By Mark Dawidziak
This is the story behind one of the greatest vampire movies ever made. Maybe you read about it in Night Stalking, The Night Stalker Companion or Richard Matheson's Kolchak Scripts. Yes, I've certainly had my say about the impact and importance of this 1972 TV movie that pulled a staggering 33.2 rating (percentage of the nation's TV households) and 54 share (percentage of sets actually in use during the 90-minute slice of prime time when ABC aired The Night Stalker on January 11). I always pause to explain the immensity of those numbers when showing The Night Stalker to the students who take my Reviewing Film and Television class or the Vampires in Film and Television class at Kent State University. Imagine. More than half the TV sets in use that night carried flickering images of determined reporter Carl Kolchak chasing after seemingly unstoppable vampire Janos Skorzeny.
In this era of overstuffed channel lineups and endless technological choices, only Super Bowls post those kinds of ratings. The vast majority of my Kent State students can't relate to a pre-DVD, pre-DVR, pre-Netflix world with only three networks and no time shifting. So given how much I've had to say about how and why The Night Stalker works, I thought it might be fun to start this discussion by letting you know how the 18-to-22-year-old college student of today responds to this movie. The Night Stalker is the only film I show in both courses (although for greatly different reasons), and since I teach each class twice a year, I get plenty of chance to gauge their response to a 40-year-old vampire drama.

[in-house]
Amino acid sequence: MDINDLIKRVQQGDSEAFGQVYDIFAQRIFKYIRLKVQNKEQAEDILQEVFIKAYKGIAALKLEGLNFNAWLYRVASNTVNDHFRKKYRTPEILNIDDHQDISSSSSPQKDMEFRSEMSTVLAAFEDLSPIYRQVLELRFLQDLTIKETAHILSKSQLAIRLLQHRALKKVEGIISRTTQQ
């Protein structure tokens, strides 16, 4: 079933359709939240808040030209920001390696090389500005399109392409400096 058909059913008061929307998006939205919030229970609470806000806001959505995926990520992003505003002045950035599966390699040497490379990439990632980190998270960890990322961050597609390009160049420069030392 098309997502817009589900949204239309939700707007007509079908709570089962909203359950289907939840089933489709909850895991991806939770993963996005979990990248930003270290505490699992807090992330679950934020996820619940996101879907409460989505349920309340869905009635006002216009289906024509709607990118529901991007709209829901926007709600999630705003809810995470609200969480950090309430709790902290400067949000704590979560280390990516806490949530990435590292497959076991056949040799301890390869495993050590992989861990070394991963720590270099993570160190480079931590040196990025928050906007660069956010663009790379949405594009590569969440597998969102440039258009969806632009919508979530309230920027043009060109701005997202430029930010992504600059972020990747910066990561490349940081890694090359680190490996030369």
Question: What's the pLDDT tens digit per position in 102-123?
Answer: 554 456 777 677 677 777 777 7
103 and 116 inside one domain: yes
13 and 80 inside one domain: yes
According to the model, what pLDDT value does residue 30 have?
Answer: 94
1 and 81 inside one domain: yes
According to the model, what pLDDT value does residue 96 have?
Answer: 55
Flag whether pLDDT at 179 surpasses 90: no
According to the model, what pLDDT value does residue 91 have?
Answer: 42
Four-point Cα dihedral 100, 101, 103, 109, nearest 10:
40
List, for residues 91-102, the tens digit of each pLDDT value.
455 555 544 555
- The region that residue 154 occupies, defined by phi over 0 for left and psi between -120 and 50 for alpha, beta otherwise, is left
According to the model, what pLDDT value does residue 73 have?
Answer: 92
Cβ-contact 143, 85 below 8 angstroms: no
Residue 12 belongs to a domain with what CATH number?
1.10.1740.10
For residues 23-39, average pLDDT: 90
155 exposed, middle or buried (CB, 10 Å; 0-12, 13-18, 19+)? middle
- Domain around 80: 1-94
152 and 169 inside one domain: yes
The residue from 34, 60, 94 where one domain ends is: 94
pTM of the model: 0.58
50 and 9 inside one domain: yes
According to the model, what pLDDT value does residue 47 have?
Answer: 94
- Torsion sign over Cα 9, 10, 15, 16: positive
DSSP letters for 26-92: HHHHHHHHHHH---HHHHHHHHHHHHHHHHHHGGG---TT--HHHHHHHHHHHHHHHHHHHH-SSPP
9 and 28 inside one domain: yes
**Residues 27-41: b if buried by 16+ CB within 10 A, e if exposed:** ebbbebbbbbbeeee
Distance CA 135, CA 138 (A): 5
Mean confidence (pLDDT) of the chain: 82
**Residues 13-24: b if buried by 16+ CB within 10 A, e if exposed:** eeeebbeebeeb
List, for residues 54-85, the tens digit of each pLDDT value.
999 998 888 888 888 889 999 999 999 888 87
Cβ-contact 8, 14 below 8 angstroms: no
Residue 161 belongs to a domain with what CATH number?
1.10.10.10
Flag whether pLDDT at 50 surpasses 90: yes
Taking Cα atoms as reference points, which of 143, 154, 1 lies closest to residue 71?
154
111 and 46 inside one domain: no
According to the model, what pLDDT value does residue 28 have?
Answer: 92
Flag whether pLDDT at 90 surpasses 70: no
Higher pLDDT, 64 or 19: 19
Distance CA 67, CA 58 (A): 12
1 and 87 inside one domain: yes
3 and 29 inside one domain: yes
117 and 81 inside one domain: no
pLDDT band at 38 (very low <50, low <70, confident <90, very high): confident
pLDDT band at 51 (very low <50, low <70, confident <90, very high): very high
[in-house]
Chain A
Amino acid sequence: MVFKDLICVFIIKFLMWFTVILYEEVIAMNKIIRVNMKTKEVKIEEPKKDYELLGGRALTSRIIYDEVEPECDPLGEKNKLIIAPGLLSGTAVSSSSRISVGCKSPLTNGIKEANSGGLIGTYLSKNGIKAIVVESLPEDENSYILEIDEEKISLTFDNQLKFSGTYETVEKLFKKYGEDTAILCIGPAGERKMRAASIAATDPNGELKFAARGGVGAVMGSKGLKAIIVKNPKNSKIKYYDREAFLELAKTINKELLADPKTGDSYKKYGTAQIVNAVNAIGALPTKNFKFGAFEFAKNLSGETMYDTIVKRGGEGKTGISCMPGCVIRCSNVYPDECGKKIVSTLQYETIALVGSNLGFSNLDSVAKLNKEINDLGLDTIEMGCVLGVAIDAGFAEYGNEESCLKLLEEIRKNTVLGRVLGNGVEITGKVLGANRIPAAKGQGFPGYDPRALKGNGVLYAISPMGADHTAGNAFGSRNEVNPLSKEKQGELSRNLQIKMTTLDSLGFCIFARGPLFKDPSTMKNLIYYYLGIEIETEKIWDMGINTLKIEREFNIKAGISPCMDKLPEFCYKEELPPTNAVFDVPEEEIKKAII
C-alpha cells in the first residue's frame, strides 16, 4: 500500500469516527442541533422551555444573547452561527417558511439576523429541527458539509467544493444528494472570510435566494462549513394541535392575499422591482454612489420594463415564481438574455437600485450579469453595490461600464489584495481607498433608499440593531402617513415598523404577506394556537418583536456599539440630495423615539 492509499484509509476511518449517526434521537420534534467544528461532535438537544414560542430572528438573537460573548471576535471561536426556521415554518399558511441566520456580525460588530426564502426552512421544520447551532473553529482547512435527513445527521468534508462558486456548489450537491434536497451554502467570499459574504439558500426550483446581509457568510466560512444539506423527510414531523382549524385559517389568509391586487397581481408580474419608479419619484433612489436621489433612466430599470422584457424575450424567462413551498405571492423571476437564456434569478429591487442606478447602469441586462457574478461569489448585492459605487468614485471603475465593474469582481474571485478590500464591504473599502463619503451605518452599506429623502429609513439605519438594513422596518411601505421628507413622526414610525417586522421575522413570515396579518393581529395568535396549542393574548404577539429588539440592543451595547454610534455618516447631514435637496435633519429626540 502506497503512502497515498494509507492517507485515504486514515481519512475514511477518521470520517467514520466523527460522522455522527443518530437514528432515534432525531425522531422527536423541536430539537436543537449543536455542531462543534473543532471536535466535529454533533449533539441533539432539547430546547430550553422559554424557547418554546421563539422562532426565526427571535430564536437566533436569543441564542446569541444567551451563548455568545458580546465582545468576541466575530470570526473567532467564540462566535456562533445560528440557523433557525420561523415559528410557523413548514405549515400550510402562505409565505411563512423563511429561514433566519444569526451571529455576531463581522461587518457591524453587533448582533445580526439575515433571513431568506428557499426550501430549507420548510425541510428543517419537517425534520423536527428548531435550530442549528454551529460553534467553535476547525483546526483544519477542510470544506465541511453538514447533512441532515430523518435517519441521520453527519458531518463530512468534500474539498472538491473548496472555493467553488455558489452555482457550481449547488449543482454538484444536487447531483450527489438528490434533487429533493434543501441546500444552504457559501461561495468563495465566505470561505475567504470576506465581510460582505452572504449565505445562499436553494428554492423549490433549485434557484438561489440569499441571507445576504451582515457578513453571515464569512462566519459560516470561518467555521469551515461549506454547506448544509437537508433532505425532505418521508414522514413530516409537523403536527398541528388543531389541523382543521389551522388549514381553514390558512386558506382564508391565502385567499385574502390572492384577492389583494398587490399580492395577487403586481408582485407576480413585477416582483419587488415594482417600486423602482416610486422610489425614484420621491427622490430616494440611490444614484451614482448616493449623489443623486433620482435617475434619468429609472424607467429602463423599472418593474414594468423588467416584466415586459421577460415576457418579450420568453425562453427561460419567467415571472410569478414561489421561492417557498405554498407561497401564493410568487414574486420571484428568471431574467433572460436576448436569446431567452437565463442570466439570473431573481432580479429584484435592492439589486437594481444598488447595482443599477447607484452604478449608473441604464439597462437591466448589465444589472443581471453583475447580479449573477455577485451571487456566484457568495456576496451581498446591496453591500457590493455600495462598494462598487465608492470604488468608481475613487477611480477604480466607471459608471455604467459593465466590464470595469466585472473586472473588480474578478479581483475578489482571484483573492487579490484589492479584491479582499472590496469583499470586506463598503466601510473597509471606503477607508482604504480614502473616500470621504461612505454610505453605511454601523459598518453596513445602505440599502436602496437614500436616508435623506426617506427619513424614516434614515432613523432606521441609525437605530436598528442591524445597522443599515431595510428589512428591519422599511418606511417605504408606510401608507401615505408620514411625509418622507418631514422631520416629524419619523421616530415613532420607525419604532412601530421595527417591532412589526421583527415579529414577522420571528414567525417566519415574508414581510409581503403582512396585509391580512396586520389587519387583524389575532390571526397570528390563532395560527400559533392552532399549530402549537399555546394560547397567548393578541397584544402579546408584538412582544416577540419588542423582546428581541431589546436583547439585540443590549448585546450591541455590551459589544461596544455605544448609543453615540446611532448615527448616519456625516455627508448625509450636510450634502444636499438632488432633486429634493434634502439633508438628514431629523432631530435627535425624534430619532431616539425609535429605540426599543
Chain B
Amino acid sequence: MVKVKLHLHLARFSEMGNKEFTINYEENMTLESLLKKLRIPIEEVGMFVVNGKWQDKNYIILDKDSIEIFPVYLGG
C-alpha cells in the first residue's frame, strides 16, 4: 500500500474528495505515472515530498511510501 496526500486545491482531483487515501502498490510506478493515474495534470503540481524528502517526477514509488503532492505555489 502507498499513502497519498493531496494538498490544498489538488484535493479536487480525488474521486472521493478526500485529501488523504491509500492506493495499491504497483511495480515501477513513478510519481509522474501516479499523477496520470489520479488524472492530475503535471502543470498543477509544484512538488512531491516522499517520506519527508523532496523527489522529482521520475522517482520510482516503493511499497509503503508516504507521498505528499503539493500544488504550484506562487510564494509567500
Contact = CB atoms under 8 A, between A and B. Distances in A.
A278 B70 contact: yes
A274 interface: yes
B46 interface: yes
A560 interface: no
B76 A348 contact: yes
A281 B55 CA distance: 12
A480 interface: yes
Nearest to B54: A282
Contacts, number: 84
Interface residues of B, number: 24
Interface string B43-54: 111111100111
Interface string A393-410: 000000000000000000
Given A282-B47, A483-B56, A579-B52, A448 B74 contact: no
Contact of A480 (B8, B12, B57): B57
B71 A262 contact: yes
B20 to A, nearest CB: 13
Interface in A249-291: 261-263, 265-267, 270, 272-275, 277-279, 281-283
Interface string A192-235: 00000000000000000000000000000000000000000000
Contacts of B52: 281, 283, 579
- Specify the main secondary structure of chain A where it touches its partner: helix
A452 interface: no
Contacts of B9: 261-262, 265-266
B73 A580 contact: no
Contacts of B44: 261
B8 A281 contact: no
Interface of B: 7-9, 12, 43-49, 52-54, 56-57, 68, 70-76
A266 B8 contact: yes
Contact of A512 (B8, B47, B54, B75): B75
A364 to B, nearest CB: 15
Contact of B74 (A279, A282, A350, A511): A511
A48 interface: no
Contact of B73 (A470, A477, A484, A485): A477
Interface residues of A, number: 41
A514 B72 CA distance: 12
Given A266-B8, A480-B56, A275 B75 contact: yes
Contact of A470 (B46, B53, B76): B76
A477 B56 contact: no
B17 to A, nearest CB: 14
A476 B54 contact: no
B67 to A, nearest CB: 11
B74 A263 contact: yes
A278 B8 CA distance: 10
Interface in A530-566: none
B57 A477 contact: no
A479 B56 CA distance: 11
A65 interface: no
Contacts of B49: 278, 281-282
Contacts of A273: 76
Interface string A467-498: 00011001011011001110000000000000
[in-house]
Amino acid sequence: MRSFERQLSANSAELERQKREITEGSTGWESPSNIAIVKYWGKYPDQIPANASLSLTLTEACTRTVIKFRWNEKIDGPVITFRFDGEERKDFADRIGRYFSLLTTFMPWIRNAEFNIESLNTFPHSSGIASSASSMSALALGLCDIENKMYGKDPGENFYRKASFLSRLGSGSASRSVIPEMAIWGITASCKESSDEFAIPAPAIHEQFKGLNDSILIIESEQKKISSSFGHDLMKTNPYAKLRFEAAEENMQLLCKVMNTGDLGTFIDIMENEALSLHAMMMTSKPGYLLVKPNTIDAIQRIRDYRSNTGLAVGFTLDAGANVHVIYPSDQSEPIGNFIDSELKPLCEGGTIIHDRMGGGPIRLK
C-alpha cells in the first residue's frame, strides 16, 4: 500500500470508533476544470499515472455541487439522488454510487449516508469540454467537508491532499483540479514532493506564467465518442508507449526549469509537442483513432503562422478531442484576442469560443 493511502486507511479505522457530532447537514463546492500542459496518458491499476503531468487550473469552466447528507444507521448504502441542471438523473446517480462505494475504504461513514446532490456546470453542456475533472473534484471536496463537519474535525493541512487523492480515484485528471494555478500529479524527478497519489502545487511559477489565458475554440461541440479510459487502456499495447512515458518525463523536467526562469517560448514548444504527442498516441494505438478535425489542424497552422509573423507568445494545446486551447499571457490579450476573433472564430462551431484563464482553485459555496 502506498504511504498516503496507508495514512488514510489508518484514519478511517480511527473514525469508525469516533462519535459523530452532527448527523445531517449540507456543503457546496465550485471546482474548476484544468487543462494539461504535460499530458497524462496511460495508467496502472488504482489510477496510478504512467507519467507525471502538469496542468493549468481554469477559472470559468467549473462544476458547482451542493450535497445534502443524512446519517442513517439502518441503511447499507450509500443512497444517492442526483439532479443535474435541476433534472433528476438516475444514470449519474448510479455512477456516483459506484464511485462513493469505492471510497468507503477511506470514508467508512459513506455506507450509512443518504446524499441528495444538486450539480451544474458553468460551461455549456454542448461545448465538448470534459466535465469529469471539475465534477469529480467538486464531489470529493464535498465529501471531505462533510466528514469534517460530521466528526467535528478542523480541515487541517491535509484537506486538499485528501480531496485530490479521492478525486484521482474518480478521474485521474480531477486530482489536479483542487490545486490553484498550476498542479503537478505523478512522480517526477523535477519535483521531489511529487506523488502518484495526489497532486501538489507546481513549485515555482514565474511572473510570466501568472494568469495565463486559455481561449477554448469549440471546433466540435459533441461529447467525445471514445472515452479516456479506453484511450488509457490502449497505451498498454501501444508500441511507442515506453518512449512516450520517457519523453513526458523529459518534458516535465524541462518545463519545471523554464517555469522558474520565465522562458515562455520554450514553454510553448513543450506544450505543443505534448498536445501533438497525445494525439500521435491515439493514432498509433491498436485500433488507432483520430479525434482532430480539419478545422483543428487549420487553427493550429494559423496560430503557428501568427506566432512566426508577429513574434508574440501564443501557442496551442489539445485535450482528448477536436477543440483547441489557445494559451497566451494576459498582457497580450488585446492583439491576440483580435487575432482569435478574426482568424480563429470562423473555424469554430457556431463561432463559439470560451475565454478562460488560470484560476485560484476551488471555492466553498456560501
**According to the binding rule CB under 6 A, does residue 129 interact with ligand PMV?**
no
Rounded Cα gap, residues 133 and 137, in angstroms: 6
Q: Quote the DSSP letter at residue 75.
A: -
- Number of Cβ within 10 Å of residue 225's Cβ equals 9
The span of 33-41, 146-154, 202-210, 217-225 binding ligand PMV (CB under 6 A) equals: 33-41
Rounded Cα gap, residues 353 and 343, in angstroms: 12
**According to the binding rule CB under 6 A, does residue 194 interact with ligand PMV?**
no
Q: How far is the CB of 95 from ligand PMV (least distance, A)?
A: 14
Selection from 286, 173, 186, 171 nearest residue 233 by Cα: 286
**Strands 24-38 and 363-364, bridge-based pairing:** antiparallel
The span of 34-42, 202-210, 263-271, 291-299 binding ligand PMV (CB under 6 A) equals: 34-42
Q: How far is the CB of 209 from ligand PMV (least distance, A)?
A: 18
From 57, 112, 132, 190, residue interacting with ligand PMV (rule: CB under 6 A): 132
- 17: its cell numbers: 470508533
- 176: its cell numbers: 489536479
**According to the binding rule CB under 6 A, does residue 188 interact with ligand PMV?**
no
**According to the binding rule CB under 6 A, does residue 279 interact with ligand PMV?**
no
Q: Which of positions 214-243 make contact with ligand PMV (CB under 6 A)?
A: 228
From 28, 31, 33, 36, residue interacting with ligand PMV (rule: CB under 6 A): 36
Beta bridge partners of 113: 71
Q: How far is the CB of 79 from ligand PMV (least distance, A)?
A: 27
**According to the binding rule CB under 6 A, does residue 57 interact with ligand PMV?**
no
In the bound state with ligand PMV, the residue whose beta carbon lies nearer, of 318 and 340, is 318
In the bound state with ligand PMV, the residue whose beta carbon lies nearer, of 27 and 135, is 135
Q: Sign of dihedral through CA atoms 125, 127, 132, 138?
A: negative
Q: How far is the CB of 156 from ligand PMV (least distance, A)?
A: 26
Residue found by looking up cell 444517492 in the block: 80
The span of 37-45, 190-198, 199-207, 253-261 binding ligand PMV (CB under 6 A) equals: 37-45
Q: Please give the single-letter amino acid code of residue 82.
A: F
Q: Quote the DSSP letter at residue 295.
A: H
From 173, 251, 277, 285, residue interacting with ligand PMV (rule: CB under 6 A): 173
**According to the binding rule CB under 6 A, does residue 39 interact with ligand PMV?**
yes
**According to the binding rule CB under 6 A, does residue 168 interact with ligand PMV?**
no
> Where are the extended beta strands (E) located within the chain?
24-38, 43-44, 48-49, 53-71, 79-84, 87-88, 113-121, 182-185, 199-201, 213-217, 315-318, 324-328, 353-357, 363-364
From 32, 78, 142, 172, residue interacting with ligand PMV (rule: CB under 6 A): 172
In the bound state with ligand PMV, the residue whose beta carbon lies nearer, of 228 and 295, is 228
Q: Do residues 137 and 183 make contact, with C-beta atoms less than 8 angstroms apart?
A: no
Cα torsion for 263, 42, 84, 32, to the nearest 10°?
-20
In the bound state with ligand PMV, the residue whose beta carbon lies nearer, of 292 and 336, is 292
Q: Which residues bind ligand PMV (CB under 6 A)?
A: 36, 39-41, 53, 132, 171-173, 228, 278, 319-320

First off, the general response is one of surprise and delight. Going into my fourth year of teaching these classes, I've only had one or two students who have seen it (or even known about it). Even most of the major-league vampire fans are unfamiliar with it. So I set up the film by explaining it was made when television was a very different medium and Las Vegas a very different town. I explain the limits of television in the early 1970s. And I explain that they'll undoubtedly recognize the actor playing Carl Kolchak -- as the Old Man in A Christmas Story (eliciting smiles and chuckles all around). Then there's a brief discussion of how versatile an actor Darren McGavin was and that they need to get the Old Man out of their minds. They're about to see a younger, more vital actor playing a role forged by a different sense of humor.
It doesn't take them long to get sucked into the world of Carl Kolchak. They are hooked right from the opening narration, and they all jump as one when that hand shoots out of the dark and grabs Cheryl Ann Hughes by the neck. The film has got them by the neck, too. In The Night Stalker Companion, I wrote: "What worked then, works now. And nothing works better than what Richard Matheson described as a cinema verite approach to a vampire story." This isn't vastly different from the approach Bram Stoker took with Dracula, using diary entries, journals, newspaper clippings and letters to give us the feel of a factual record. What worked then, works now.
But, OK, not everything works with these 21st-century college students. Nor are they in agreement on many elements of The Night Stalker. There is near-unanimity on McGavin's portrayal of Carl Kolchak and the ingenious idea of setting a vampire story in Las Vegas. And perhaps because they are becoming increasingly mistrustful of politicians and those in power, Kolchak's struggle with the powers-that-be has great resonance for them. The ending -- Kolchak's last confrontation with Vegas officials, not the showdown with Skorzeny -- has tremendous impact for them. Most everyone also likes the pace of the film, which does move like a house-afire. And they like the suspenseful buildup to Kolchak's fight with Skorzeny (although not so much the fight itself).
The dated aspects, of course, do not go by without comment, particularly since the cleaned-up, digitalized DVD I use boasts a far sharper, clearer picture than was possible with 1972 TV sets. You're spotting things you were never meant to see. What tended to go by without notice 40 years ago looks a bit cheesy by today's standards. I'm primarily thinking of the stunt-double scenes with Skorzeny in full battle mode. Man, that sticks out like a wooden stake in a vampire's chest.